I endured poor-prognosis acute myeloid leukemia (AML), multiple rounds of brutal chemotherapy, a bone marrow transplant, and an open heart surgery - all for only a small chance of survival. The journey since has been more than difficult. Lingering effects of the lifesaving treatments seem endless.
Before my diagnosis, I was a digital nomad and instructional consultant. I became a “citizen of the planet” traveling with my computer and passport. A morning in a Buddhist temple or in a dugout canoe in the upper Amazon became part of my online teaching, and serendipity took over. In my spare time I explored, hiked and ran mountain trails. For that reason, my diagnosis meant not just the loss of a life, but the loss of a carefully crafted way of living.
I read the books, I listened to the talks, but realized that this wasn’t suffering that could be healed solely through a mantra or a mindfulness workshop. This was suffering real and big and immediate. So even though I ached to just end things immediately, I changed my paradigm: I didn’t give up. I gave in. If I was going to die today or tomorrow or next month, I would do it my way, and until then try to live in grace, love, beauty and truth.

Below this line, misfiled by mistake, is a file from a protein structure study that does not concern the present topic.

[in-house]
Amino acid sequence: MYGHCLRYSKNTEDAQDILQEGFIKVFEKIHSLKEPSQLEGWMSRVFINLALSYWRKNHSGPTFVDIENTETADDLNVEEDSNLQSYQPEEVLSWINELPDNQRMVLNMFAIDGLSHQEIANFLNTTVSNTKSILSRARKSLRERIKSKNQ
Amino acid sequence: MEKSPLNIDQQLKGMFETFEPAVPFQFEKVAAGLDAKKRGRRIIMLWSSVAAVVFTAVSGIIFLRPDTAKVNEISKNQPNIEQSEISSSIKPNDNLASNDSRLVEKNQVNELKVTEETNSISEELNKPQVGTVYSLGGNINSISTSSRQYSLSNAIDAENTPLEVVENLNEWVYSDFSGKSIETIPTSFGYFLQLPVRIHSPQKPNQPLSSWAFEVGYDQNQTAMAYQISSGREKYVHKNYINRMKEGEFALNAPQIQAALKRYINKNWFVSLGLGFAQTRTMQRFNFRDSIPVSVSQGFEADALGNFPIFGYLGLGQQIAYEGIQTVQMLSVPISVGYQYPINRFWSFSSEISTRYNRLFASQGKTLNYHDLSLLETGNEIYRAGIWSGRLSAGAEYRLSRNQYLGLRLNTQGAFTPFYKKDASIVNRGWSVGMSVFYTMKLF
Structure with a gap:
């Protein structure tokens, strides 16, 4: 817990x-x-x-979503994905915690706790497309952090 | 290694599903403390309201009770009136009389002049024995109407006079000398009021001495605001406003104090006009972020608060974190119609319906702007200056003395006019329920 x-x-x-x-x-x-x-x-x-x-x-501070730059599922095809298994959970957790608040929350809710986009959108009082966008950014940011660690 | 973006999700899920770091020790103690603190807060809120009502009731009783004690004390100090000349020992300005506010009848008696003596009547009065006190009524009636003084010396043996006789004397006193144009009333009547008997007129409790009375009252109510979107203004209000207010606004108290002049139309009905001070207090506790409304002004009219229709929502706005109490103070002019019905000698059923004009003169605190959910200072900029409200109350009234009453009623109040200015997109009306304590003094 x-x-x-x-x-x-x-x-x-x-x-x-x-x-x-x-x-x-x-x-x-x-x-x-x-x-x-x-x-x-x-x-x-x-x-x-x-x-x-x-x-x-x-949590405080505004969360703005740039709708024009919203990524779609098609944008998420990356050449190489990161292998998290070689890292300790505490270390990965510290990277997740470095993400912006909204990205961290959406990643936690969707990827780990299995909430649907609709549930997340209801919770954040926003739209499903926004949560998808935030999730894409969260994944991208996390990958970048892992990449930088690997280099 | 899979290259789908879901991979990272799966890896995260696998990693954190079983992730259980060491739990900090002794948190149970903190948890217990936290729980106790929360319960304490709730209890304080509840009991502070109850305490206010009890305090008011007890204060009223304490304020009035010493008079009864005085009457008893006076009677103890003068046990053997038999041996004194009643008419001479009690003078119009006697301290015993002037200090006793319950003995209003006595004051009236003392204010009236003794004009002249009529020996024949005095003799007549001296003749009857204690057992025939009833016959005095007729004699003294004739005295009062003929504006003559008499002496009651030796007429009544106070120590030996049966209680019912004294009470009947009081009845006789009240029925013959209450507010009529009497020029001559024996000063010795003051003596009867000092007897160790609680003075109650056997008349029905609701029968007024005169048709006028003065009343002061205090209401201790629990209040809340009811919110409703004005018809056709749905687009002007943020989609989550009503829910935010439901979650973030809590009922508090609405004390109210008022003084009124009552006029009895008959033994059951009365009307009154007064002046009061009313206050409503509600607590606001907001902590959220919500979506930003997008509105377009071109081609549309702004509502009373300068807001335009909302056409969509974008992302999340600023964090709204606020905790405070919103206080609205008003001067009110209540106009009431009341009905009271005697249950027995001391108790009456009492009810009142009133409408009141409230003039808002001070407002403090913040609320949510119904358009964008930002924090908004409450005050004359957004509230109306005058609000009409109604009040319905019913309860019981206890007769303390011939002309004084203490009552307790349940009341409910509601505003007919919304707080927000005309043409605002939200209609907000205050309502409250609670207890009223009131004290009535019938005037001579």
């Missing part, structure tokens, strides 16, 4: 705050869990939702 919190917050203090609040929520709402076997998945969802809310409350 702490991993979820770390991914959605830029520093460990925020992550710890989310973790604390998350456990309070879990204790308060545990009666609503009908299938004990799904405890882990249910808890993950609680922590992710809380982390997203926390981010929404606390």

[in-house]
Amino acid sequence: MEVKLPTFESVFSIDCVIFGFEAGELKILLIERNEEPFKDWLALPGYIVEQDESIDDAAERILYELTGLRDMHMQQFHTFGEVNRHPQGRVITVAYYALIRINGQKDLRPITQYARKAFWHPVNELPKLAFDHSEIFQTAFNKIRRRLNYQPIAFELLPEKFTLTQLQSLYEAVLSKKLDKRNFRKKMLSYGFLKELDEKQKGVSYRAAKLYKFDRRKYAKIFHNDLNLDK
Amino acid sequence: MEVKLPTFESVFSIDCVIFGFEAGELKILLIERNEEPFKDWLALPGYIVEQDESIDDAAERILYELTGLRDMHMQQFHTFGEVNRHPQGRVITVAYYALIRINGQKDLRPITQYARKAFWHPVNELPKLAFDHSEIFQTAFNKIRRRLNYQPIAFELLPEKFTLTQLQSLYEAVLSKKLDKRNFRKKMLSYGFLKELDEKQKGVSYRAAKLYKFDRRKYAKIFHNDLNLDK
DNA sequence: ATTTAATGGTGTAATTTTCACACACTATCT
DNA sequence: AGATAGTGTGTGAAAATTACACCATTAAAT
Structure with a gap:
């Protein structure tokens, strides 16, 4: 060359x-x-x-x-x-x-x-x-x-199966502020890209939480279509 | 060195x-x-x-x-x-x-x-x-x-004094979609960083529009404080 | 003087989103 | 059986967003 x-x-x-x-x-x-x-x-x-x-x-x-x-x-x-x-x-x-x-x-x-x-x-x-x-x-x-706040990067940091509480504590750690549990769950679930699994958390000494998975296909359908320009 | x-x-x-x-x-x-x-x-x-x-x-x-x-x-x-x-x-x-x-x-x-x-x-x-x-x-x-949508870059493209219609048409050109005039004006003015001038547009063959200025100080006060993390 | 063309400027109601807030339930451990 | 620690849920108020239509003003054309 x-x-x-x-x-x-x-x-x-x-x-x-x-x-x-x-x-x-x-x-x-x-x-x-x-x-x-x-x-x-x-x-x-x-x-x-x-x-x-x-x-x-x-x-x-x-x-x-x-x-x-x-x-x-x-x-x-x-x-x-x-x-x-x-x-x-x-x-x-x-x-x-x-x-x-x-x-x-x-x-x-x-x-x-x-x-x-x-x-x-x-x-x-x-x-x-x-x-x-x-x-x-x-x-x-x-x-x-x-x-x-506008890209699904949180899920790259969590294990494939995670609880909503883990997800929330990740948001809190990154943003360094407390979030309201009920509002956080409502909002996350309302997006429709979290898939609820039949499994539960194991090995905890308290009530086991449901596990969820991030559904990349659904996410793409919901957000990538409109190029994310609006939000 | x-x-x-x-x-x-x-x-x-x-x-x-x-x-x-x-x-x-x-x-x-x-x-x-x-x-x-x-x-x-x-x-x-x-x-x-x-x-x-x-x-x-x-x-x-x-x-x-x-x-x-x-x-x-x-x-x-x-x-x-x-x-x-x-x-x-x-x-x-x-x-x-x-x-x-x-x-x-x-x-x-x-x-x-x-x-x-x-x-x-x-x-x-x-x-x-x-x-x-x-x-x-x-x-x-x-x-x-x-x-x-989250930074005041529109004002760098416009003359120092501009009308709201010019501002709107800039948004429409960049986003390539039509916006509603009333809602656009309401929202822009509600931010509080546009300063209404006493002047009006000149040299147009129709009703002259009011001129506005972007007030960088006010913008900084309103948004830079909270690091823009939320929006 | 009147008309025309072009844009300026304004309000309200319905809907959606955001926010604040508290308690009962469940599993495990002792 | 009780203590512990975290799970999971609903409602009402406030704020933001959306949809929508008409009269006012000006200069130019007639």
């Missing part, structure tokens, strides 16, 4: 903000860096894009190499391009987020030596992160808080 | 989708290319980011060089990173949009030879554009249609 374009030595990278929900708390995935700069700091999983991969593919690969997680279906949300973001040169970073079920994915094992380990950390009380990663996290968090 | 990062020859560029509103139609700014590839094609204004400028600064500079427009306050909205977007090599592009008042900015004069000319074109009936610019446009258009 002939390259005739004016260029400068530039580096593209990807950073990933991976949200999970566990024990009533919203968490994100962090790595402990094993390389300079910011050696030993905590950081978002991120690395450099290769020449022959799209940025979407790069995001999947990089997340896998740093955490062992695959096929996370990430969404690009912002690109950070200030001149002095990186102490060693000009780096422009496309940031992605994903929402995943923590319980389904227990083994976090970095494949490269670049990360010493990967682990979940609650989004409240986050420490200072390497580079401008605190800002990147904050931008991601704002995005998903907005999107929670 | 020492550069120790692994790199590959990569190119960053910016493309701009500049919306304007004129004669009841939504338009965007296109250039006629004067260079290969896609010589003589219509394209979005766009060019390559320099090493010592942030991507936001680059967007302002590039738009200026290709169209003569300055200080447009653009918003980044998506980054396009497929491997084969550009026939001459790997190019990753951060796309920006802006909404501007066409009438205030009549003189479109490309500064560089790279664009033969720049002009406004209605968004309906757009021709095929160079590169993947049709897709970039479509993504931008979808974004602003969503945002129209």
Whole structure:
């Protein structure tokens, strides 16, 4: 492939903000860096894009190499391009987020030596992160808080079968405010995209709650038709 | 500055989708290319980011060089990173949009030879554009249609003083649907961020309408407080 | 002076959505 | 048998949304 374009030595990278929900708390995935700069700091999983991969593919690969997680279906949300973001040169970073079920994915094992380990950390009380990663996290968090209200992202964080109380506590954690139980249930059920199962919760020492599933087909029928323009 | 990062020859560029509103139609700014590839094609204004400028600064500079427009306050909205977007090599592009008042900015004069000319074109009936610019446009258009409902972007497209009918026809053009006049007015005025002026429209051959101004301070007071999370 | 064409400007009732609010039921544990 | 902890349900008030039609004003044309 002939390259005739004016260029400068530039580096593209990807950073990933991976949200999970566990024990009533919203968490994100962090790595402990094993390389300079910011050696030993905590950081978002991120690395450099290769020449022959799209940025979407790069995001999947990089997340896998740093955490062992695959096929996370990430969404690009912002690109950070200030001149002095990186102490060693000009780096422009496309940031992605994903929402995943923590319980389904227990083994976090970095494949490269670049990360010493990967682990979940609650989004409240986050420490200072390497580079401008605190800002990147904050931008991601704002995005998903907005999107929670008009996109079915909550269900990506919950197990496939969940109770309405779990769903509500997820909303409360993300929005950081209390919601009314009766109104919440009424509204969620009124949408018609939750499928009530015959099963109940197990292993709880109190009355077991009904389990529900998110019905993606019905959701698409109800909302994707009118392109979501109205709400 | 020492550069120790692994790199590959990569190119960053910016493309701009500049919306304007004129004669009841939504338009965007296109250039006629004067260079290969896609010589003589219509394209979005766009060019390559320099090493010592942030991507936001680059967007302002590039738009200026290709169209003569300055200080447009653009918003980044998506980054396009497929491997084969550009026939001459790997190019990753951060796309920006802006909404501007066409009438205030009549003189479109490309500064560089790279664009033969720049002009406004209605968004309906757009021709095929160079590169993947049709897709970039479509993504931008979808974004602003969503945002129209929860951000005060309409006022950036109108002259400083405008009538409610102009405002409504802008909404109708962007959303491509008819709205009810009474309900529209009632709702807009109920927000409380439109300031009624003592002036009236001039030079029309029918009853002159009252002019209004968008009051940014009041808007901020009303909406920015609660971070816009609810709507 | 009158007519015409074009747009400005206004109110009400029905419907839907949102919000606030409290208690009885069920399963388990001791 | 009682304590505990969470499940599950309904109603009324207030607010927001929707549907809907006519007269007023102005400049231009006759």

After two years of treatment and recovery, with my previous working life long gone, I am now channeling the transformative power of my ordeal. I am making memories of breathtaking mountain trails rather than soulless hospital beds. I retrained the new version of my body, and am again running across endangered landscapes, sharing what I've learned, and proving this one fact; We are not defined by a set of daunting circumstances.
My goal is to live the true and authentic story we patients needed to hear while confined for months in our hospital rooms, all the while emotionally tortured by the unknown. To make this happen, I am presenting my unique journey and motivation to anyone who is interested. I figured that if I somehow survived this nightmare that would be my new profession, to inspire lives of love.